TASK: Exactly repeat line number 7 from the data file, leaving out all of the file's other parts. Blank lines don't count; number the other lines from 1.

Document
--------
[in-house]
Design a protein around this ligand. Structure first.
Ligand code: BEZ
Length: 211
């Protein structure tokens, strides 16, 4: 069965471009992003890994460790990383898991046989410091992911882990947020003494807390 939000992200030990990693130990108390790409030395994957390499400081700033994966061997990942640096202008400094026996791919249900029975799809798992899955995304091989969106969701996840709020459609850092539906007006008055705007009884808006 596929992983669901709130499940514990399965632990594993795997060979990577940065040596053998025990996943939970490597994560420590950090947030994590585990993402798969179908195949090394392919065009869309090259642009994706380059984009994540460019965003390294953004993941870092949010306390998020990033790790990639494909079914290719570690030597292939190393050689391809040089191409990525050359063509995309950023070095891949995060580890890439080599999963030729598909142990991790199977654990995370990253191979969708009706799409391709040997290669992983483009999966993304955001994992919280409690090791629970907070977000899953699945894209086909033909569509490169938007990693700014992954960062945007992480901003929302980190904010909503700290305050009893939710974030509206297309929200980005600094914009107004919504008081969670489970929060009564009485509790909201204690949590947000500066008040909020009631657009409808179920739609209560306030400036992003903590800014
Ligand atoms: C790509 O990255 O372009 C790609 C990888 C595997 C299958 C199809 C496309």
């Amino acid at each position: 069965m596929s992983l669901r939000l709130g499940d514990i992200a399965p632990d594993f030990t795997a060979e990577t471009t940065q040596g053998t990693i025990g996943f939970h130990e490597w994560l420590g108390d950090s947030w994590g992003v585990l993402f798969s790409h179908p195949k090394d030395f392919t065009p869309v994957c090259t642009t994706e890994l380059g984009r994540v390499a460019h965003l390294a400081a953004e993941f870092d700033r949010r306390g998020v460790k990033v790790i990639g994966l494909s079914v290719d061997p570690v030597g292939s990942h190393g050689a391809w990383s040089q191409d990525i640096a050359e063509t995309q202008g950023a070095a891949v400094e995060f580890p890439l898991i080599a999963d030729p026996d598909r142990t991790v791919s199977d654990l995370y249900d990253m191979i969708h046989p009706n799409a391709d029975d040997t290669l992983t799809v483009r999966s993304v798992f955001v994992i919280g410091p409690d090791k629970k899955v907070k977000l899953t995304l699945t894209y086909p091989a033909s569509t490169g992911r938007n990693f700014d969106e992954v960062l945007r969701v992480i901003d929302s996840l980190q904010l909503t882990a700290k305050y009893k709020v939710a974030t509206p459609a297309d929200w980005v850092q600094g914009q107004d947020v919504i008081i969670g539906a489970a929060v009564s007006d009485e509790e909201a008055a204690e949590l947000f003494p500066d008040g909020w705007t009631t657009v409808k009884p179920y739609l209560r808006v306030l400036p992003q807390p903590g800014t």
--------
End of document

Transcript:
């Amino acid at each position: 069965m596929s992983l669901r939000l709130g499940d514990i992200a399965p632990d594993f030990t795997a060979e990577t471009t940065q040596g053998t990693i025990g996943f939970h130990e490597w994560l420590g108390d950090s947030w994590g992003v585990l993402f798969s790409h179908p195949k090394d030395f392919t065009p869309v994957c090259t642009t994706e890994l380059g984009r994540v390499a460019h965003l390294a400081a953004e993941f870092d700033r949010r306390g998020v460790k990033v790790i990639g994966l494909s079914v290719d061997p570690v030597g292939s990942h190393g050689a391809w990383s040089q191409d990525i640096a050359e063509t995309q202008g950023a070095a891949v400094e995060f580890p890439l898991i080599a999963d030729p026996d598909r142990t991790v791919s199977d654990l995370y249900d990253m191979i969708h046989p009706n799409a391709d029975d040997t290669l992983t799809v483009r999966s993304v798992f955001v994992i919280g410091p409690d090791k629970k899955v907070k977000l899953t995304l699945t894209y086909p091989a033909s569509t490169g992911r938007n990693f700014d969106e992954v960062l945007r969701v992480i901003d929302s996840l980190q904010l909503t882990a700290k305050y009893k709020v939710a974030t509206p459609a297309d929200w980005v850092q600094g914009q107004d947020v919504i008081i969670g539906a489970a929060v009564s007006d009485e509790e909201a008055a204690e949590l947000f003494p500066d008040g909020w705007t009631t657009v409808k009884p179920y739609l209560r808006v306030l400036p992003q807390p903590g800014t």